16 Nov Managing supply chain risk
The current pandemic has a lot to answer for in terms of supply chain disruption. Now, pretty much all of us are aware of the impact of supply chain issues and delays.
Demand for PPE, bicycles, home gym equipment, sanitiser, toilet roll, flour, antibacterial cleaning wipes, and many more coronavirus essentials, skyrocketed in late March, leaving people and businesses struggling to obtain certain supplies. Although things did calm down over the summer with supplies hitting the shelves again, the whole episode brought supply chains and managing the risk into sharp focus.
What it highlighted is that at best, components and items are delayed for an unspecified period of time. At worst, items are unavailable across the board and there’s no knowing if or when they will become available again.
Supply chains worldwide were among the first areas to be affected by the pandemic when it first struck several months ago, and there’s been plenty of discussion ever since about what things will look like and how processes and systems need to change post-pandemic.
One example that’s really stood out to us, is the case of an inserts supplier used by the injection moulding industry, as well as many other sectors.
The regulations associated with producing medical-grade products, and the procedures required for approvals, means any changes need to be re-certificated, which can be a long and costly process:
• For all new orders where the original inserts were no longer available from the supplier – a new supplier will need to be sourced. This could have cost implications and there may be limited credit available, which could impact cash flow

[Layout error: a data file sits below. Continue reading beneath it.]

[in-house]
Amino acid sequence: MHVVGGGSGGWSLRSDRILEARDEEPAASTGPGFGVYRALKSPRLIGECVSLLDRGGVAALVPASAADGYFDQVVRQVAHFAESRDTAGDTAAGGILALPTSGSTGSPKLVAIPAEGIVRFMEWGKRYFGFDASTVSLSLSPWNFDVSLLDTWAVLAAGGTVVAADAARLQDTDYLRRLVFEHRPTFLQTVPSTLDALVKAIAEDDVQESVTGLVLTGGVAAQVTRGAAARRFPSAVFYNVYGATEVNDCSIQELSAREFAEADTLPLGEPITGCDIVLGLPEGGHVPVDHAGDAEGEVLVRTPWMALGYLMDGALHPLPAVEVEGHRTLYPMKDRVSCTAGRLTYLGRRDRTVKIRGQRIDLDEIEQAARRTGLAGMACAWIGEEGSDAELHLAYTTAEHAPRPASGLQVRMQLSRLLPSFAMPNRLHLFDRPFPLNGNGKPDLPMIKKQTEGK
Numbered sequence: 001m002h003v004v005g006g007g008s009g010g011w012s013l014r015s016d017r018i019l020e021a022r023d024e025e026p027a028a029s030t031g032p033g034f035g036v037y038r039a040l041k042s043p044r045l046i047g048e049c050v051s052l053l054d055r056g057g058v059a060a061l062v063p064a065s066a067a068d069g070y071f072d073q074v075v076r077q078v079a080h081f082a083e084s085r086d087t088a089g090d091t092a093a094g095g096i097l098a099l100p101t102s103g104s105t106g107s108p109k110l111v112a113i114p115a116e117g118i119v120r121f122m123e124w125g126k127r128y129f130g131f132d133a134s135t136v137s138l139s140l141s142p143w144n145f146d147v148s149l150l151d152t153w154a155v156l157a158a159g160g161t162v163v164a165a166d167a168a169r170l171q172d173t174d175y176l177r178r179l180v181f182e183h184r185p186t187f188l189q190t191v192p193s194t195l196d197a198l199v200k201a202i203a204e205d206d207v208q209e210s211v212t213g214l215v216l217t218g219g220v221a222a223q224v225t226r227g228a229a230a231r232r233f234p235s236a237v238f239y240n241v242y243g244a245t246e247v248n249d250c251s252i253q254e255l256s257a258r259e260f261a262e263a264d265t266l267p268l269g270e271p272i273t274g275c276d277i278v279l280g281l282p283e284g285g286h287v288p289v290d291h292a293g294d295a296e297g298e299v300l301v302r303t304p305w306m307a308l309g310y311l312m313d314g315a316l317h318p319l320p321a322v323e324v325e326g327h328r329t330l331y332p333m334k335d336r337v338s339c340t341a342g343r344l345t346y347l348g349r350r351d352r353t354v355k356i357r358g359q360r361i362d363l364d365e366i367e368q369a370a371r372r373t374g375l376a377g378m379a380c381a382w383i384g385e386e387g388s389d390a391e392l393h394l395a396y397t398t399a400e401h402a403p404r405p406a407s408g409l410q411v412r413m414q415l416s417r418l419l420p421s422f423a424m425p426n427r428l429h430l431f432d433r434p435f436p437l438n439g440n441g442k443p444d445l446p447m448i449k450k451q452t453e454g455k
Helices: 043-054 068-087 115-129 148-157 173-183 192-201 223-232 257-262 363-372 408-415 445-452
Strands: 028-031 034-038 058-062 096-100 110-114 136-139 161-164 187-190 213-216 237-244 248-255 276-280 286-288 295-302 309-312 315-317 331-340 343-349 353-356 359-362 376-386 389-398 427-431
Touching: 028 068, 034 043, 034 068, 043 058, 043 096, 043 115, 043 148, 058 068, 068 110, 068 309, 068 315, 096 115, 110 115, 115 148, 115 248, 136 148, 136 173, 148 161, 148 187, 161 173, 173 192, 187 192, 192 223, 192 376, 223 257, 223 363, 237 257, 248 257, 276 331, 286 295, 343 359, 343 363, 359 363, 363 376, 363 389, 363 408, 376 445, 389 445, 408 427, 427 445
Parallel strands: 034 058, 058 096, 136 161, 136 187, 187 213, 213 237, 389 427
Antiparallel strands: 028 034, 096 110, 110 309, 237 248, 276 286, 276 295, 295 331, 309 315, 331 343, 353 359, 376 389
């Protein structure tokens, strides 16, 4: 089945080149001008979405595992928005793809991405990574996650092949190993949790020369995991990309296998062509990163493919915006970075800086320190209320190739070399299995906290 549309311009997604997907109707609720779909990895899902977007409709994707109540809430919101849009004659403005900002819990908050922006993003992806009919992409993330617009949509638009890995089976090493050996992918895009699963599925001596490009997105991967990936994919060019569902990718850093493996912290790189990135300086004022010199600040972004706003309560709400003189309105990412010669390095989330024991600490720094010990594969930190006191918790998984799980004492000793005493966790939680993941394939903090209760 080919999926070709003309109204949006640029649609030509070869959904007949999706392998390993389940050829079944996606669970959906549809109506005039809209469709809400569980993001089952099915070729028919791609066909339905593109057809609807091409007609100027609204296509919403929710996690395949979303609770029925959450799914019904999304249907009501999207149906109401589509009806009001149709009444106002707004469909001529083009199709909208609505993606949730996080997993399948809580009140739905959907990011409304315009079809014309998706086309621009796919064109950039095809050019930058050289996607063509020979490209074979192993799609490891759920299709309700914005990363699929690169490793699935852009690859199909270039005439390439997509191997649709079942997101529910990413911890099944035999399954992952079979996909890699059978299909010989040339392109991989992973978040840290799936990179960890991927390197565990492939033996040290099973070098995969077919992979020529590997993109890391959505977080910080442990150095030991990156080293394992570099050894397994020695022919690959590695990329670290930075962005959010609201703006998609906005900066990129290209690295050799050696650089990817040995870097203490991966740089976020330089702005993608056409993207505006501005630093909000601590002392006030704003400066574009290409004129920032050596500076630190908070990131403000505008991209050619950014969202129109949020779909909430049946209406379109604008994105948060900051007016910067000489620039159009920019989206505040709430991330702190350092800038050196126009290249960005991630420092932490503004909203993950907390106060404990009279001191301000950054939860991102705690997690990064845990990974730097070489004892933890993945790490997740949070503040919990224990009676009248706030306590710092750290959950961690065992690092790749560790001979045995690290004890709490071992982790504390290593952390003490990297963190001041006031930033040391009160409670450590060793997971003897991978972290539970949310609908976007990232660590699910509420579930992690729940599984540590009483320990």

• Once a new supplier had been found – sample inserts will need to be sent for trial and verification. Purchase orders will need to be raised by the customer for a sample run using the new inserts, which is then chargeable to the customer
• Once sample parts have been run and supplied – the verification stage begins, which could result in one of two outcomes, either approval, or rejection. If approved, then the original purchase would be completed, with the only issues being a delay in the lead time of the original order, the additional cost of the samples, and any additional cost incurred in the part price of the inserts. If rejected, then the process starts all over again to find a different supplier, re-making samples until verification is approved
The impact of just one supplier going out of business can cause significant order delays and generate additional costs for samples and verification. The cost of having to draw up hundreds of drawings alone to maintain full traceability through the manufacturing process doesn’t even bear thinking about.
Unfortunately, this case study isn’t an isolated example of the supply chain disruption that’s currently taking place. It’s a stark reminder of the implications of a relatively low risk supplier going out of business and the knock-on effect it can have on the wider supply chain in terms of cash flow, quality and costs.
Tips for managing supply chain risk
Here are some practical tips on what to do should you ever find yourself in a similar situation as the inserts supplier:
1) Map all of your suppliers on a risk matrix – This will help you assess business impact against supplier scarcity/sole approved. Those that are deemed as high risk; either because they offer a niche or bespoke service, or because they are in a small market, will need some contingency planning. Consider how you will source these parts if there is an issue with the supplier. You may need more than one supplier working together in replacement.
2) Map all of your product/service types on a risk matrix (ie. tooling, raw material/washers etc.) – This will help to map business impact against unique processes/products.
3) Prioritise risks – Use a matrix to assess business impact vs ease of implementation.
4) Develop risk mitigation strategies using three core options (stock, dual-source, technology) – eg. Allow enough stock to balance against switching time, dual-sources enables quicker switching times in the event of supplier failure, and alternative technologies could remove the reliance on unique processes.
5) Implement your strategy by creating a detailed Plan for Every Part (P4EP) – Each part or service will have its own unique considerations, and therefore detailed planning is essential to ensure future success.
We hope you’ve found this information useful, if you have any questions or would like further help or advice, please contact us on 0330 311 2601 or email@example.com.